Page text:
34. SDPs should be fully co-ordinated with other important strategies from the earliest stage, with key infrastructure providers signed up to the delivery of the emerging proposals. Therefore, in preparing the Main Issues Report ( i.e. before its publication), section 9(4) of the Act and regulation 4 require SDPAs to consult with and have regard to the views of:
- the key agencies (listed in paragraph 152 below);
- neighbouring planning authorities; and
- Scottish Ministers.
- Publication of a notice in one or more local newspapers
circulating in the
and on the internet, setting out:
− that the document has been prepared, and where and when it may be viewed;
− a brief description of the content and purpose of the document;
− details of how further information may be obtained; and
− a statement that representations may be made, and how, to whom and by when they should be made;
- Sending this information to:
− the key agencies;
− adjoining planning authorities and SDPAs; and
− community councils within the SDP area;
- Making a copy of the document available to inspect at an office of each of the constituent planning authorities and in all public libraries in the plan area; and
- Publication on the internet.
36. The Act also requires authorities to secure that people who may be expected to want to comment on the Main Issues Report are made aware that they can do so, and are given such an opportunity.
37. In publishing the Main Issues Report, the SDPA are to send a copy of the report and the Monitoring Statement to Scottish Ministers.
38. Engagement and publicity in the course of plan preparation is discussed more fully at paragraphs 70-76 below, which also generally applies to SDPs.
39. Section 10 of the Act and Regulations 5 and 6 deal with the proposed SDP. The SDPA are to have regard to the representations submitted on the Main Issues Report, and are then to prepare and publish a proposed SDP. The Proposed Action Programme should also be published alongside the Proposed Plan (further details on Action Programmes are set out in paragraphs 130-134).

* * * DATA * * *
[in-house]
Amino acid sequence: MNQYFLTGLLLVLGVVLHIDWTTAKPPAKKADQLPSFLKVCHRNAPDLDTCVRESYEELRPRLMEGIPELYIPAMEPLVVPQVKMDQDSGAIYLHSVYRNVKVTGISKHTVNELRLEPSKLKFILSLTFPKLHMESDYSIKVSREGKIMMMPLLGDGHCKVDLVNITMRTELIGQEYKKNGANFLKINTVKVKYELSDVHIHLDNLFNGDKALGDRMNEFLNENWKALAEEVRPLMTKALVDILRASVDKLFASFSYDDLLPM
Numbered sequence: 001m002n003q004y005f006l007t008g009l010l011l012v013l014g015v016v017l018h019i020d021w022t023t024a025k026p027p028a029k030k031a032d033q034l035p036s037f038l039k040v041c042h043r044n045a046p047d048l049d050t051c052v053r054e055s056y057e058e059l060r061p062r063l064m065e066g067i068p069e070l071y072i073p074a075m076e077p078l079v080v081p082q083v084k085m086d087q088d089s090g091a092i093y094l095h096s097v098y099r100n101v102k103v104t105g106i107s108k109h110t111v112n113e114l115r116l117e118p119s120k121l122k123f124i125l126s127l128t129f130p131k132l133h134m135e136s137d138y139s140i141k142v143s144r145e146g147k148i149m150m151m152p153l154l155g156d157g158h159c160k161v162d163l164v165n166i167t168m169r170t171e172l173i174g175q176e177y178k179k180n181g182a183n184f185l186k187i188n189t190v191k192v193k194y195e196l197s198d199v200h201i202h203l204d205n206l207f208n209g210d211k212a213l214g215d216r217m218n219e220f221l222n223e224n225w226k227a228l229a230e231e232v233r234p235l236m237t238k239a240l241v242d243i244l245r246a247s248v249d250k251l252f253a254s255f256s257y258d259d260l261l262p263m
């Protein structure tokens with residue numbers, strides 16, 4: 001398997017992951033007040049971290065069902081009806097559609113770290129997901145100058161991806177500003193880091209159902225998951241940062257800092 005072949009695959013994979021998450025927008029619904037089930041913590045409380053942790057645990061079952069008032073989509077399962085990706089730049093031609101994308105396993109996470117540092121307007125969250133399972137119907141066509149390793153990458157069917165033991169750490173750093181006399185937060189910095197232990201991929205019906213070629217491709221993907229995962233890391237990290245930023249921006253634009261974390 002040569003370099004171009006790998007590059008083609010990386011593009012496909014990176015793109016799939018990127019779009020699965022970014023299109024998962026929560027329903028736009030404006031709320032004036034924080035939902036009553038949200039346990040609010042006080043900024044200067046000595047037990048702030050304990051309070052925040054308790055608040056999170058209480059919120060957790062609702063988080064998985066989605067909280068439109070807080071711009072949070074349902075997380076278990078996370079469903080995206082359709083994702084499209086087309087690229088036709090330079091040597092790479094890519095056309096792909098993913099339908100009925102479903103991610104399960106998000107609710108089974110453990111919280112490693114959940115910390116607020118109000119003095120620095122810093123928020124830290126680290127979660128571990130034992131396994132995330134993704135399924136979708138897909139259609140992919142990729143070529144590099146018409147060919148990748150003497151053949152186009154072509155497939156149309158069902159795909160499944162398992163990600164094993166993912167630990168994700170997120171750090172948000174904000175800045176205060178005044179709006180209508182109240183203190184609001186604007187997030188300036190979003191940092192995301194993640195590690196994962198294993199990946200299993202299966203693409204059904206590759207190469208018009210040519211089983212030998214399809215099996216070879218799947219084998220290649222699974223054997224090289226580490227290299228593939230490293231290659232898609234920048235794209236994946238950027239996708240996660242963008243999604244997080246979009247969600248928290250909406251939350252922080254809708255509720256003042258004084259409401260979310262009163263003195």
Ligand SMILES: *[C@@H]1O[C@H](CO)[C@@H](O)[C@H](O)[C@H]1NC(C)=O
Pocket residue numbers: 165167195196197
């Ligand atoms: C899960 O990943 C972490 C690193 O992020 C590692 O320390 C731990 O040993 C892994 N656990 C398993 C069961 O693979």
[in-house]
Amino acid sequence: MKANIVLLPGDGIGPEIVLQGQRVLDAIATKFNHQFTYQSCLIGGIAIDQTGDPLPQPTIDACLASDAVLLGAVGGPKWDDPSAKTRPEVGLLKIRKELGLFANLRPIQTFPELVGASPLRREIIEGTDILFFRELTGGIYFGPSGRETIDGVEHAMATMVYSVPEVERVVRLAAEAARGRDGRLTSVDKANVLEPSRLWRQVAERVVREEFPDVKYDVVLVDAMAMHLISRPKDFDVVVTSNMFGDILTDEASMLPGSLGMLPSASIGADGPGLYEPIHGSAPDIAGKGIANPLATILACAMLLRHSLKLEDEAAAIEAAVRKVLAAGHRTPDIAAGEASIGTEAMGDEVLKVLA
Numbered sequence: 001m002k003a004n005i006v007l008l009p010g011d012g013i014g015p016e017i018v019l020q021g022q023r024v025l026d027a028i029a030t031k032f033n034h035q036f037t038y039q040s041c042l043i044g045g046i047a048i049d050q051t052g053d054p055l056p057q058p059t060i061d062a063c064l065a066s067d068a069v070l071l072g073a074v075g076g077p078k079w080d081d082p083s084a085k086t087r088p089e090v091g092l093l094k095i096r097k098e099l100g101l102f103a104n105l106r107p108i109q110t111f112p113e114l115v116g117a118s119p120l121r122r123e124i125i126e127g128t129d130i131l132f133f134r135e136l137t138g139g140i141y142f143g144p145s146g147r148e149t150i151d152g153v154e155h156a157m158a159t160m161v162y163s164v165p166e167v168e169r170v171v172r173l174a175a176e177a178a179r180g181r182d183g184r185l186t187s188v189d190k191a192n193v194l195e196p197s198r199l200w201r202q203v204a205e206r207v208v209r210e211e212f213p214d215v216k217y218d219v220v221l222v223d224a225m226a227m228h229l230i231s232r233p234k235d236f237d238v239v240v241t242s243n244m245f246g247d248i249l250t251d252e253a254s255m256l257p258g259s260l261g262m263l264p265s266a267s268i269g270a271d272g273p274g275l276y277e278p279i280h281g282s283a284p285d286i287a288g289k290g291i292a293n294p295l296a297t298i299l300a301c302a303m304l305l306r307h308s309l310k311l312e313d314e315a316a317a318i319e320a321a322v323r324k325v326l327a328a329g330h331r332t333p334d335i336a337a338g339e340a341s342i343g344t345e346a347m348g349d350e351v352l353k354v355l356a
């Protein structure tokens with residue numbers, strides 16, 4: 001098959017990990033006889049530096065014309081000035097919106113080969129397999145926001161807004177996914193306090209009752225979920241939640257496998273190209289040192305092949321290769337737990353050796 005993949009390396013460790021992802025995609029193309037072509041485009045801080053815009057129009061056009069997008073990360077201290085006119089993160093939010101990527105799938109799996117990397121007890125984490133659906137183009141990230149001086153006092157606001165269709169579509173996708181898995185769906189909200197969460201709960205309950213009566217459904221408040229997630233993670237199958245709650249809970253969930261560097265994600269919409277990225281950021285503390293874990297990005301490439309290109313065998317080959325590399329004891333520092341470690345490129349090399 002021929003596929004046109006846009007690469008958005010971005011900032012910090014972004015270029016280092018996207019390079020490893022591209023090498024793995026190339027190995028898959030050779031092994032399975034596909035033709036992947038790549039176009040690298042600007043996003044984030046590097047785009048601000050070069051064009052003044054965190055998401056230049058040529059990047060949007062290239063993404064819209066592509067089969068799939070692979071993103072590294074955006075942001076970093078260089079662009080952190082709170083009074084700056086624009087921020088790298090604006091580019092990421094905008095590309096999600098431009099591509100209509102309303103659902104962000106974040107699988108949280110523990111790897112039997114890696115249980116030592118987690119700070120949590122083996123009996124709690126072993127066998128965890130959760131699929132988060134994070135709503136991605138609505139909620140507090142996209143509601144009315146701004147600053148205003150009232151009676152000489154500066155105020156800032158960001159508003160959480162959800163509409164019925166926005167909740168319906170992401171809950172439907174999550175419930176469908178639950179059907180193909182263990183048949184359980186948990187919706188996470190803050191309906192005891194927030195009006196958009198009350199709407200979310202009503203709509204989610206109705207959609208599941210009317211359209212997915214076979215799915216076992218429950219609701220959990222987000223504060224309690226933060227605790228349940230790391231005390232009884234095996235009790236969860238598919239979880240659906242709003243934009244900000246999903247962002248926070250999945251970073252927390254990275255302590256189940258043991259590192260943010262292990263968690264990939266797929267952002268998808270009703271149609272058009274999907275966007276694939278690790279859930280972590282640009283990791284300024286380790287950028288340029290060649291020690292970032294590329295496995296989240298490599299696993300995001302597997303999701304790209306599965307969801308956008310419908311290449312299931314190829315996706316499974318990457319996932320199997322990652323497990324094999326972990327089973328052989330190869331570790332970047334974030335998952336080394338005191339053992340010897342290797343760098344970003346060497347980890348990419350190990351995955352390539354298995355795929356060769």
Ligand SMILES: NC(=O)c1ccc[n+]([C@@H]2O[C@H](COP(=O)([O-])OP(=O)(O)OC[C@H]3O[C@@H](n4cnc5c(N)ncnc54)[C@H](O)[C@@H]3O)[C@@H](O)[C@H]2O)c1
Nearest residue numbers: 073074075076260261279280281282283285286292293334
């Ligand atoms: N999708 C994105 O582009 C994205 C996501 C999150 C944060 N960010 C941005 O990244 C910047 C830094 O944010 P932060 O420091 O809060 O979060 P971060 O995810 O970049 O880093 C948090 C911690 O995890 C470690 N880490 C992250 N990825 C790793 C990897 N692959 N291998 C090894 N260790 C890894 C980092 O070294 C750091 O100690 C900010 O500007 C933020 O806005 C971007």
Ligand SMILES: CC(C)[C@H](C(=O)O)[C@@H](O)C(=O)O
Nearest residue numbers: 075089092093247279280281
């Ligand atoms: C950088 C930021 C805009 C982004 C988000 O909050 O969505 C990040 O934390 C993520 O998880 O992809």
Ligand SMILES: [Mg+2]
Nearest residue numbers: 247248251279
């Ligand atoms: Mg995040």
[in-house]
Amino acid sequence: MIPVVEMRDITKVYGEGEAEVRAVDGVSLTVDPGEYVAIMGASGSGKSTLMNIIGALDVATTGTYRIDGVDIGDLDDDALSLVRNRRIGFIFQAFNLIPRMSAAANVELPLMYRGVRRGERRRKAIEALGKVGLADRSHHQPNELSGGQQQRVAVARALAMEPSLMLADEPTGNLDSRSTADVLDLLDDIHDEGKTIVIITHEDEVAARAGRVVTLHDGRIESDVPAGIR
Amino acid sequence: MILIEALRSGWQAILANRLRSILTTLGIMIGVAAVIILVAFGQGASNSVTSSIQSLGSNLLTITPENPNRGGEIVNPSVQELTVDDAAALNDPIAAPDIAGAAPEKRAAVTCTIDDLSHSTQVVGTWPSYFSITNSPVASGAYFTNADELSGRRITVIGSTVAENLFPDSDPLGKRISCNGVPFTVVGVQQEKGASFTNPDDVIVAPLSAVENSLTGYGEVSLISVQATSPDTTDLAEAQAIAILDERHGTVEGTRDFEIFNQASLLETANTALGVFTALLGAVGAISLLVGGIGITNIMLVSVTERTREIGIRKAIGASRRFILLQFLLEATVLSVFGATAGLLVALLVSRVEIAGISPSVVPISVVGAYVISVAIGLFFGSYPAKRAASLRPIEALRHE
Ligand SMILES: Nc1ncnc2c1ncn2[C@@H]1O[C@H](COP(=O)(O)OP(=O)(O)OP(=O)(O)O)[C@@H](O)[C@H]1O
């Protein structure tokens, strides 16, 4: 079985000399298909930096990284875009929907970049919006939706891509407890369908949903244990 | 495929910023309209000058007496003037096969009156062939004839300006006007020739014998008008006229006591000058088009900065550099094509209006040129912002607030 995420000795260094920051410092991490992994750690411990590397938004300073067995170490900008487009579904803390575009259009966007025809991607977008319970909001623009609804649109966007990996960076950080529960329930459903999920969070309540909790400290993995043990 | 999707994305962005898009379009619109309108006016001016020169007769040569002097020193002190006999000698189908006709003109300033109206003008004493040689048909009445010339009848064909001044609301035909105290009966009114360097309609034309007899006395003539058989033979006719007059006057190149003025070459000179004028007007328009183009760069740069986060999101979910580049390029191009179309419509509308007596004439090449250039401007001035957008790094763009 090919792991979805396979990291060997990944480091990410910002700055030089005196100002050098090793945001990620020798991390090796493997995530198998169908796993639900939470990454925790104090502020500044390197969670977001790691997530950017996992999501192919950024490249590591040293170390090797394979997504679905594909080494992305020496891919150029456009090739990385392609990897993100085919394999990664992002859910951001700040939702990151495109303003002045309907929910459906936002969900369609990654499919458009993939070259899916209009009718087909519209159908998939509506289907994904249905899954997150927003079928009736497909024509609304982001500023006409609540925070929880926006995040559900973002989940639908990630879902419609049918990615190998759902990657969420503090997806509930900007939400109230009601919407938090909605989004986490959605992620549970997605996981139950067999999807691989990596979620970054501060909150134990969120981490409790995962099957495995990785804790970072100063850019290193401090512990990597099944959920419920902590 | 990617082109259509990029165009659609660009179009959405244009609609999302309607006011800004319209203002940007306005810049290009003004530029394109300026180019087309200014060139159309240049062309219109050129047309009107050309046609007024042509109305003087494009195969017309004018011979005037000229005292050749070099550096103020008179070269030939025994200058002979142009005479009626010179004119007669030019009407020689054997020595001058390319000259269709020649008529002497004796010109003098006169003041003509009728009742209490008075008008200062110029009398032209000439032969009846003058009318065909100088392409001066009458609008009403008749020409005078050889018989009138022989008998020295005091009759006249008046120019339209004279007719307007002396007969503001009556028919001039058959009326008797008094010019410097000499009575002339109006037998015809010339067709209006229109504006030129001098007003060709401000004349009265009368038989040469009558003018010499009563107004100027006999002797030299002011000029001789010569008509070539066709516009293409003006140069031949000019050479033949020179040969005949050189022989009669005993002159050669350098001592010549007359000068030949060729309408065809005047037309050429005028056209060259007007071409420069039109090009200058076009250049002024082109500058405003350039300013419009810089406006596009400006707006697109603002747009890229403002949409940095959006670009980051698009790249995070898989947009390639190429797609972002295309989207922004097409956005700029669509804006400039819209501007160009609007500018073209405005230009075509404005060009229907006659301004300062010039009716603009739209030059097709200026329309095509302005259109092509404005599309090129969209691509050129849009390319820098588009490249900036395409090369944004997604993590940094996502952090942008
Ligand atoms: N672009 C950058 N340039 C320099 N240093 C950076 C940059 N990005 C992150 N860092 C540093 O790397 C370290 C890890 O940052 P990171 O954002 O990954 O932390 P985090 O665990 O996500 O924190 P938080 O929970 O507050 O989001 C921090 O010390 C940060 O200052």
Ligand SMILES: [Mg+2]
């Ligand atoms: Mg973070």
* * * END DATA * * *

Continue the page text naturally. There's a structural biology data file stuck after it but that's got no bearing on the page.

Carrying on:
40. Section 7(1) of the Act requires SDPs to contain:
(1) A vision statement. This is a broad statement of how the development of the area could and should occur and the matters that might be expected to affect that development, including:
- the principal physical, economic, social and environmental characteristics of the area;
- the principal land uses in the area;
- the size, composition and distribution of population in the area;
- the infrastructure of the area (including communications, transport and drainage systems and systems for the supply of water and energy);
- how that infrastructure is used; and
- any anticipated change in these matters.
(2) A spatial strategy. This is a broadly based statement of proposals as to the development and use of land in the area.
(3) An analysis of the relationship with development and land use proposals in neighbouring areas that are likely to affect the SDP area.
(4) Any other matter the SDPA consider appropriate.